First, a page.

Ms. Malik is, of course, entirely correct in her diagnosis here. The problem is that in this world of the Woken SS it’s very dangerous to start thinking this way:
The cruelty of this kafala system isn’t an unfortunate outcome of bureaucracy, it is the result of a racist hierachy in which black workers find themselves at the bottom. Of all the nationalities that jostle and hustle for a living in the Middle East and the wider Arab world, dark-skinned African women are the cheapest to hire, the most desperate, and the most abused.
Dangerous to a career spent tap dancing to the music of the Wokelied.
For the current insistence is that it is the whites who are responsible for racism. Other exemplars of racism are to be airbrushed. That, say, Fulani/Igbo relations have not been, historically, all that friendly is something not to be mentioned. Northern Sudanese and Dinka equally so – the last slave raiding expeditions we know of were in fact in this century.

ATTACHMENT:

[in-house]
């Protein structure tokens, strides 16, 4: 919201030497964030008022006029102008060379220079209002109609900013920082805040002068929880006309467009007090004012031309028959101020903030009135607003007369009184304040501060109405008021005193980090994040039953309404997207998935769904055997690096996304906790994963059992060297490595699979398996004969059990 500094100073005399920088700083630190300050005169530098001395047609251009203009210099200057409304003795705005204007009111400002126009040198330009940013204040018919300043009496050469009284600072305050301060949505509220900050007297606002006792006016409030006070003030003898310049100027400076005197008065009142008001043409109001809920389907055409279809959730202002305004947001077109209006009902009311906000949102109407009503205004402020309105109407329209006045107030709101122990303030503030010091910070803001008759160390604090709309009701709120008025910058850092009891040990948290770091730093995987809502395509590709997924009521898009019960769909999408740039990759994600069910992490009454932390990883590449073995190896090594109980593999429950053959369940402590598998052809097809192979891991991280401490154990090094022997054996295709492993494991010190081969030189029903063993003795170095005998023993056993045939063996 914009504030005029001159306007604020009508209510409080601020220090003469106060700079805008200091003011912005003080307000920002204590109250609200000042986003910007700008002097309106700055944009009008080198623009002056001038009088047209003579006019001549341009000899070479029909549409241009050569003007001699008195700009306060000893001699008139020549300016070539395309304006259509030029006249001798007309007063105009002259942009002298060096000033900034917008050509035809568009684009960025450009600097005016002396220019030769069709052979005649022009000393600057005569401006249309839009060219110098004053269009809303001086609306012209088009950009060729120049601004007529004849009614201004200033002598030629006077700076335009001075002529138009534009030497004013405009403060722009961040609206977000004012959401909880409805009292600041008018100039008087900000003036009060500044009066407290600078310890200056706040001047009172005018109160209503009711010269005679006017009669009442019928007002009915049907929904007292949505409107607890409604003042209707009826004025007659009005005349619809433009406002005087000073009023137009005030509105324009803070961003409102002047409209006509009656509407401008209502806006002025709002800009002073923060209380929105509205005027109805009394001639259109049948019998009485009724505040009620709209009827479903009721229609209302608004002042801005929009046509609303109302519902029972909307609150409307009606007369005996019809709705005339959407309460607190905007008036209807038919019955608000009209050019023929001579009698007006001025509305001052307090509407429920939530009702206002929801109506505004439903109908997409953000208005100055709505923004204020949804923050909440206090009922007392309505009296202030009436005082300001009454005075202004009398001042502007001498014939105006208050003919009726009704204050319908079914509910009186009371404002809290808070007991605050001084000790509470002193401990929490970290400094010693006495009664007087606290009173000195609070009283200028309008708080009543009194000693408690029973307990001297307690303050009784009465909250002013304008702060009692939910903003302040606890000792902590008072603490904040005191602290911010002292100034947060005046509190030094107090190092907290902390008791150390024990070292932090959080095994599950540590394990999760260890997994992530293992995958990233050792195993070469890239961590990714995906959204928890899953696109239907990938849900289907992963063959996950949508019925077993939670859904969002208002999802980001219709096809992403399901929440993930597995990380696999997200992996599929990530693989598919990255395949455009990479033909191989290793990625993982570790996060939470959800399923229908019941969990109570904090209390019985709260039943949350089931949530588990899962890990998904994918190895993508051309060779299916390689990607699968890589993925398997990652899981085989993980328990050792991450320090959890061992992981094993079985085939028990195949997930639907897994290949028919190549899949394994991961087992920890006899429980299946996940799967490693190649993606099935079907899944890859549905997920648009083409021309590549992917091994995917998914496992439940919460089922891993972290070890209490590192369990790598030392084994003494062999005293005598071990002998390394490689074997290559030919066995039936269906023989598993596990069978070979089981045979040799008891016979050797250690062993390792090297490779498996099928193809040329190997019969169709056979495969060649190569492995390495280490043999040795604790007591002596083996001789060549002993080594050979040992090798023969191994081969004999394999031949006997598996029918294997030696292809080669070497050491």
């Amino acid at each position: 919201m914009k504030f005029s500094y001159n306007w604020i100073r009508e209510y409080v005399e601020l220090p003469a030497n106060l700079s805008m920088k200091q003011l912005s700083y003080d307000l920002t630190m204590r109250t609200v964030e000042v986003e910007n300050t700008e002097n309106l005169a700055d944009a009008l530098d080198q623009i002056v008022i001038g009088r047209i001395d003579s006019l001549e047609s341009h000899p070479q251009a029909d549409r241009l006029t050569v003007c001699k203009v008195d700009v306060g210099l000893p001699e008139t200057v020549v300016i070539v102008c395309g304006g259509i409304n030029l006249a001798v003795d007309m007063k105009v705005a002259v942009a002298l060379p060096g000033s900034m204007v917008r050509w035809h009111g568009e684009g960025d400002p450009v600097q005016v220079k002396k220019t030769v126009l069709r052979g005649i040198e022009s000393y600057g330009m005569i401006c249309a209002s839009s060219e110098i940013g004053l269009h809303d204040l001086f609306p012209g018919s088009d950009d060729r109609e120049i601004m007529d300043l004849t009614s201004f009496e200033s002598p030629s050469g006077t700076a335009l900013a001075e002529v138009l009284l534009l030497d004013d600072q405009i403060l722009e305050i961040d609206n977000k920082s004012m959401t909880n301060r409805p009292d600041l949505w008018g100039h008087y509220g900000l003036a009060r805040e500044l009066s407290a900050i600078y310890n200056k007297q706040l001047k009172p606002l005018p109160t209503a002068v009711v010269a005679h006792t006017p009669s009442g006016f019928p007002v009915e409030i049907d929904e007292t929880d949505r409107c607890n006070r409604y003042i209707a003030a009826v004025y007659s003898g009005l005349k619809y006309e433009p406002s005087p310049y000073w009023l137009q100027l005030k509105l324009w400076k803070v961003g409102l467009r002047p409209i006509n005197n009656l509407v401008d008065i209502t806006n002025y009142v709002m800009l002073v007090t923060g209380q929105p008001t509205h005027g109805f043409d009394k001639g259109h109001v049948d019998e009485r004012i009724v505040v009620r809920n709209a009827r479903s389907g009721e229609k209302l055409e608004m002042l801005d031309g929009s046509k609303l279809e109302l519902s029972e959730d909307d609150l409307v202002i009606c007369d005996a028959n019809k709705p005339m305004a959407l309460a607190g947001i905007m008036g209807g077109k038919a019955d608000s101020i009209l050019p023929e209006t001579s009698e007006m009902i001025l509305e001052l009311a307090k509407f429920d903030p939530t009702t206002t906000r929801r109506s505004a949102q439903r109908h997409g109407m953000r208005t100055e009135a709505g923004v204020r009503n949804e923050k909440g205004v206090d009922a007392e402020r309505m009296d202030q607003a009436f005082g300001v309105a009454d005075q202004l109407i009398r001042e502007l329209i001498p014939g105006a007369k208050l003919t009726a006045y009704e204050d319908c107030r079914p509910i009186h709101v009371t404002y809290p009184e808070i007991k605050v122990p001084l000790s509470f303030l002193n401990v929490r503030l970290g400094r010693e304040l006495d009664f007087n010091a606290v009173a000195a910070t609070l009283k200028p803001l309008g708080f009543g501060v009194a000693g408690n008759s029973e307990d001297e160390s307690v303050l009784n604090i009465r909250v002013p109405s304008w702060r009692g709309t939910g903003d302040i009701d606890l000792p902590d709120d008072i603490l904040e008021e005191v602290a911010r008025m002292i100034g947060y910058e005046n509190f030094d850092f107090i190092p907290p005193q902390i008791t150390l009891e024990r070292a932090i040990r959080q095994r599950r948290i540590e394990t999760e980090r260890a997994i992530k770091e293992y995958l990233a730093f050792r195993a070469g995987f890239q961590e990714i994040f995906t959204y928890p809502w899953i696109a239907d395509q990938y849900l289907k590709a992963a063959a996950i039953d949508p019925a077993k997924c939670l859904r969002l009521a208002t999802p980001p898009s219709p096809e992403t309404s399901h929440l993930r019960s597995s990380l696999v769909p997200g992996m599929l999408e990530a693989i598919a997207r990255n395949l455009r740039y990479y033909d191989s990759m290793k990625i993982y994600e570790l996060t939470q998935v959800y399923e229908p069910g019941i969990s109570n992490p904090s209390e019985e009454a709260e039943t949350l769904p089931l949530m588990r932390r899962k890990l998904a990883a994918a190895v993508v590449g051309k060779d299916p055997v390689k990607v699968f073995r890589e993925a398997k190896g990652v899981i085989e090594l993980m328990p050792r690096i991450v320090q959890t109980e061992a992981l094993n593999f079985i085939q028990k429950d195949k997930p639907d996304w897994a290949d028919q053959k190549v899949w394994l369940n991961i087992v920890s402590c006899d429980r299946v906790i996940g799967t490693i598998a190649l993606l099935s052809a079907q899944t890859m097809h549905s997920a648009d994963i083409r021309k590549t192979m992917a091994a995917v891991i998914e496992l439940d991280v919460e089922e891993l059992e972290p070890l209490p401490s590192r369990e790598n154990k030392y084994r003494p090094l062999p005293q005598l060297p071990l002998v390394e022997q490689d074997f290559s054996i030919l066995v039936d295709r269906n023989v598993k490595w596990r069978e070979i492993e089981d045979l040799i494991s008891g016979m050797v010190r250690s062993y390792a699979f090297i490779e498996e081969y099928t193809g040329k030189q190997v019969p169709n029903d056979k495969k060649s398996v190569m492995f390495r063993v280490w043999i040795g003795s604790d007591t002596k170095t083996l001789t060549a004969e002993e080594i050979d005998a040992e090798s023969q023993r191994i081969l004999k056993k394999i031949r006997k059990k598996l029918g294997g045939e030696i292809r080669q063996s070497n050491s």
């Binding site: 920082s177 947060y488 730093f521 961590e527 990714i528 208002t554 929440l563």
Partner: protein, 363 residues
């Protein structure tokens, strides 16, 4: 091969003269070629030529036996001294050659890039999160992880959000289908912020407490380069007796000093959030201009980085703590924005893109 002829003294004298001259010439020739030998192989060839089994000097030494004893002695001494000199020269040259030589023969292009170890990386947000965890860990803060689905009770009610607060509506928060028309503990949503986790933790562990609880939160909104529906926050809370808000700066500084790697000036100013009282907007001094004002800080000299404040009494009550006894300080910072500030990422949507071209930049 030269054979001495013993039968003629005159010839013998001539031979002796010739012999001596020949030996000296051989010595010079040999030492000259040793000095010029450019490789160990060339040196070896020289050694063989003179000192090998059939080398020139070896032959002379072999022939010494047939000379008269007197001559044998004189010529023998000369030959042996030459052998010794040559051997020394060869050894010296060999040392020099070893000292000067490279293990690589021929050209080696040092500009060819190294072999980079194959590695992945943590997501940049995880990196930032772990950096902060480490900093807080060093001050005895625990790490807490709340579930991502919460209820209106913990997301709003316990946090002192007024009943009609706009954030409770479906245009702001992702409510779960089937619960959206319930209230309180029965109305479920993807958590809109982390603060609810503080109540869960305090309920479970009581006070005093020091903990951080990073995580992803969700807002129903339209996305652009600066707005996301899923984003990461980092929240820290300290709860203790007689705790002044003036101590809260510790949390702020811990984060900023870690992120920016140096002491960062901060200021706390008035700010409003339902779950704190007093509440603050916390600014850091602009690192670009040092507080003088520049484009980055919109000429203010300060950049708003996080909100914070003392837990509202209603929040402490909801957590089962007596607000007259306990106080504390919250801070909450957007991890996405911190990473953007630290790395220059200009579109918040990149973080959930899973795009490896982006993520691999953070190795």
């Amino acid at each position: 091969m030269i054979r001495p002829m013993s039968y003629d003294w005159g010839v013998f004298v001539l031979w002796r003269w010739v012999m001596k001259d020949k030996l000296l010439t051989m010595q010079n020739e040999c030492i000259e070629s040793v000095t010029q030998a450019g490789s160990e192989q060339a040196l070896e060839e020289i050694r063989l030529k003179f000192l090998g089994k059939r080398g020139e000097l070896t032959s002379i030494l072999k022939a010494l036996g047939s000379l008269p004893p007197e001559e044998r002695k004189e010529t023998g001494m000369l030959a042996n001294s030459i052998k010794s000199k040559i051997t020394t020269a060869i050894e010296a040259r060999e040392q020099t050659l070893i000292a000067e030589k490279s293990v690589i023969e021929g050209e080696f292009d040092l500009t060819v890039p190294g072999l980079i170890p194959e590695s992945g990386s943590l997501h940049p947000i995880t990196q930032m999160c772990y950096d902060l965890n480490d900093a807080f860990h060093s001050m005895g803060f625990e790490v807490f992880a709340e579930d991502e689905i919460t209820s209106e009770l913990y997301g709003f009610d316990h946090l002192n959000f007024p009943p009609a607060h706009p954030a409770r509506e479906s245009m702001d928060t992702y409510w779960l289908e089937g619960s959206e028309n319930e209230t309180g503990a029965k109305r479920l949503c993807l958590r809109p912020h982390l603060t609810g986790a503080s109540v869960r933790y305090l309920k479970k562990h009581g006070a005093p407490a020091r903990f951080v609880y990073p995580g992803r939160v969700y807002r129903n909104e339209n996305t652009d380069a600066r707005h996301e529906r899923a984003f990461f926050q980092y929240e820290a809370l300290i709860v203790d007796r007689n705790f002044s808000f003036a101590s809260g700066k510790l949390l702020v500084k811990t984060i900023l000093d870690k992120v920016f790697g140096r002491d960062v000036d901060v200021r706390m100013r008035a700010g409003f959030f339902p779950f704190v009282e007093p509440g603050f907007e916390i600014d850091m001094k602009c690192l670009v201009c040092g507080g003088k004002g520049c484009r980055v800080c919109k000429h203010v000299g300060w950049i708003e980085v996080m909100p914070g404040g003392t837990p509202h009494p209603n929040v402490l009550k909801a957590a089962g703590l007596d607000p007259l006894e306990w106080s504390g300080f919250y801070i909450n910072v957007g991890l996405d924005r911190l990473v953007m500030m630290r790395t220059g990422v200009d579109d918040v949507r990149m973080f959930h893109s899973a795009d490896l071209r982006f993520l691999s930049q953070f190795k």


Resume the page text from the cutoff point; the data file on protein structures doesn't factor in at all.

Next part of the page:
Indeed, that entire Arab involvement in the slave trade seems to be something not to be mentioned these days. Statues in Oxford are more important than trans-Saharan caravans.
And yet now we have this tale of how black Africans are at the bottom of that Arab social structure. Which is true, no doubt. As it was true for at least a thousand years of the slave trade – the thing we tend not to be reminded of because Whitey is responsible for all evil. That slave trade which continued up the East Coast at least in to the 1920s because the Royal Navy was still intercepting dhows engaging in it.
Which is where this danger to a career comes in. Ms. Malik gains her position by being British Sudanese to tell us all how responsible and guilty we gammons are. If historical truth is to come into play then that privileged position will be at risk.
Sure, it’s great that truth be told. It’s just rather brave to be saying it given the source and the place of publication.